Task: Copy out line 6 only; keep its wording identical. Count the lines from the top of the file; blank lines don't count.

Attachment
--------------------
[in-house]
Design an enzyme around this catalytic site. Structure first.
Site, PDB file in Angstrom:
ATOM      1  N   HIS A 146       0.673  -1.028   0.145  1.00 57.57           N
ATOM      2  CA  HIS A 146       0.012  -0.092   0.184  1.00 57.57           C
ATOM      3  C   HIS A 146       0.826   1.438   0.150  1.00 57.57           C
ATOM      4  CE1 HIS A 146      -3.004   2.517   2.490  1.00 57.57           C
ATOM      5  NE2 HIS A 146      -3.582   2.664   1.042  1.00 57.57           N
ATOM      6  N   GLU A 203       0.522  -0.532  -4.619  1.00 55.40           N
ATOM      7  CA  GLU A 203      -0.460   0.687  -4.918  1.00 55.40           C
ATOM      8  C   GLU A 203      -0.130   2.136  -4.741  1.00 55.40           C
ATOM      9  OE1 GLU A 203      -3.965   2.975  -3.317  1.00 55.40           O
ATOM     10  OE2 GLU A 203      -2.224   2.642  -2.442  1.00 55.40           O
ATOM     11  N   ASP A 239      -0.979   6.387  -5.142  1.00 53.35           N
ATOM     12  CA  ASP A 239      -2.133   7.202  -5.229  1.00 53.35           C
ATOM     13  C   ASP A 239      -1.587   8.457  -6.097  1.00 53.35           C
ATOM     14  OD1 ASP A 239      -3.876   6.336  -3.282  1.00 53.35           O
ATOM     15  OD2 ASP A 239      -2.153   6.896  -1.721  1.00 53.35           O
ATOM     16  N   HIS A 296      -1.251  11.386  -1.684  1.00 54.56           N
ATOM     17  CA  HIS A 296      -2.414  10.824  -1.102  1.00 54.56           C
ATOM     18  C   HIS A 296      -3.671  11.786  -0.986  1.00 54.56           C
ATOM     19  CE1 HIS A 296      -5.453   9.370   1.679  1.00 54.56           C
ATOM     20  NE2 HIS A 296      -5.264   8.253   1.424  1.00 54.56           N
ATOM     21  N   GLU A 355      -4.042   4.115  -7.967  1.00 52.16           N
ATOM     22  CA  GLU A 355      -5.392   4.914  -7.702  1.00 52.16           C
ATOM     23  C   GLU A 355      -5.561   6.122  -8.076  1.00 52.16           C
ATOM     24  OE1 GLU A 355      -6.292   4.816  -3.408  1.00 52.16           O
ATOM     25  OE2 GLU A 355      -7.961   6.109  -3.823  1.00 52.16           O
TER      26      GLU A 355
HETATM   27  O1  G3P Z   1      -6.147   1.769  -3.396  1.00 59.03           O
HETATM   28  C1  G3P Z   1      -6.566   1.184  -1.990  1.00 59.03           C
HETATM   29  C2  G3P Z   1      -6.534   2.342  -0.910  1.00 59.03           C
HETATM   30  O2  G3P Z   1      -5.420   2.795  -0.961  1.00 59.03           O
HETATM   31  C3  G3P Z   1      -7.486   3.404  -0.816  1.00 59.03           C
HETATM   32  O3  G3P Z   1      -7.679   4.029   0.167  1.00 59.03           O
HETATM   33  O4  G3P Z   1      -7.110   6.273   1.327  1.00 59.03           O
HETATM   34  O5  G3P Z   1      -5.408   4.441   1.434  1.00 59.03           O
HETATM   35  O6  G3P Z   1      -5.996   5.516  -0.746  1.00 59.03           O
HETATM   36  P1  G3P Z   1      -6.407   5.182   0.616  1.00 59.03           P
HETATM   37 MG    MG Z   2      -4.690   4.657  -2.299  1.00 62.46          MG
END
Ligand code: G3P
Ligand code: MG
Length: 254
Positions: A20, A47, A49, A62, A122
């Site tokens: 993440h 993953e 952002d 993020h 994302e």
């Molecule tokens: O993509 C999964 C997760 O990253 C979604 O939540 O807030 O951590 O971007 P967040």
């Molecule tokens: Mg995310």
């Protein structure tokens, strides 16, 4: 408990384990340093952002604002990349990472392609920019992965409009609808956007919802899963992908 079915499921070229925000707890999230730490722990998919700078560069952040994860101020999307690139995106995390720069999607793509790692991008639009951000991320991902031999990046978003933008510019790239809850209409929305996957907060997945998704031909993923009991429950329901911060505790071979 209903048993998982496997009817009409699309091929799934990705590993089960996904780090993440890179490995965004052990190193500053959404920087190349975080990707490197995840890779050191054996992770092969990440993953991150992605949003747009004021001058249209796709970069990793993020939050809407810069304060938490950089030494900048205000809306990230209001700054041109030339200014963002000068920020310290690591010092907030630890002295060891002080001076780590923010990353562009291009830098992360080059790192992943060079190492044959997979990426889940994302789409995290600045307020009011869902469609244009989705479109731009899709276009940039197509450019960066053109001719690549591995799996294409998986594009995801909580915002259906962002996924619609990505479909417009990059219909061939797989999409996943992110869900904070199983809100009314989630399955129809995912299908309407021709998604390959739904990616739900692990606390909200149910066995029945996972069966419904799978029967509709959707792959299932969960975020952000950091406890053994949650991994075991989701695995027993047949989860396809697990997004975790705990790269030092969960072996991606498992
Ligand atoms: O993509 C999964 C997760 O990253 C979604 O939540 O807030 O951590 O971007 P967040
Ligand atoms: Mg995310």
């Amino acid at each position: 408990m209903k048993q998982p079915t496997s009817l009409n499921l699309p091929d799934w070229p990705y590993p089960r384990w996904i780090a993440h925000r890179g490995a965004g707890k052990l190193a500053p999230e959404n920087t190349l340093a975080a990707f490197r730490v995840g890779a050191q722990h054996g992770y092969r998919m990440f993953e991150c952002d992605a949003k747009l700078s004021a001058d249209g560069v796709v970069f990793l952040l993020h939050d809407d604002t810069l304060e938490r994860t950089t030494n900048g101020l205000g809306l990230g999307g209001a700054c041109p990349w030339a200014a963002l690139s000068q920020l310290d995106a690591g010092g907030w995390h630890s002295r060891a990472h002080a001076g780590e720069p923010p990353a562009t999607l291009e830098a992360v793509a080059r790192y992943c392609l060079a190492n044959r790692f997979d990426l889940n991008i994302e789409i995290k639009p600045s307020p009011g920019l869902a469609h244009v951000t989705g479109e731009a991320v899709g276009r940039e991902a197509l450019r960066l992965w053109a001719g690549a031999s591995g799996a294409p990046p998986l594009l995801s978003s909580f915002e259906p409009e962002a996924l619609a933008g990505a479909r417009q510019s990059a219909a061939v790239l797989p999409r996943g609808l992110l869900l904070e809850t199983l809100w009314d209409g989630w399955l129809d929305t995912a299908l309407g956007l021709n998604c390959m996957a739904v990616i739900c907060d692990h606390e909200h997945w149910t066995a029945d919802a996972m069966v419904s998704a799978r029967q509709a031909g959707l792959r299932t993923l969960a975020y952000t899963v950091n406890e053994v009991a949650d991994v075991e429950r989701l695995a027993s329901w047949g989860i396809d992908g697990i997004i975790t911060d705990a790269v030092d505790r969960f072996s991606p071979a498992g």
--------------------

ATOM      3  C   HIS A 146       0.826   1.438   0.150  1.00 57.57           C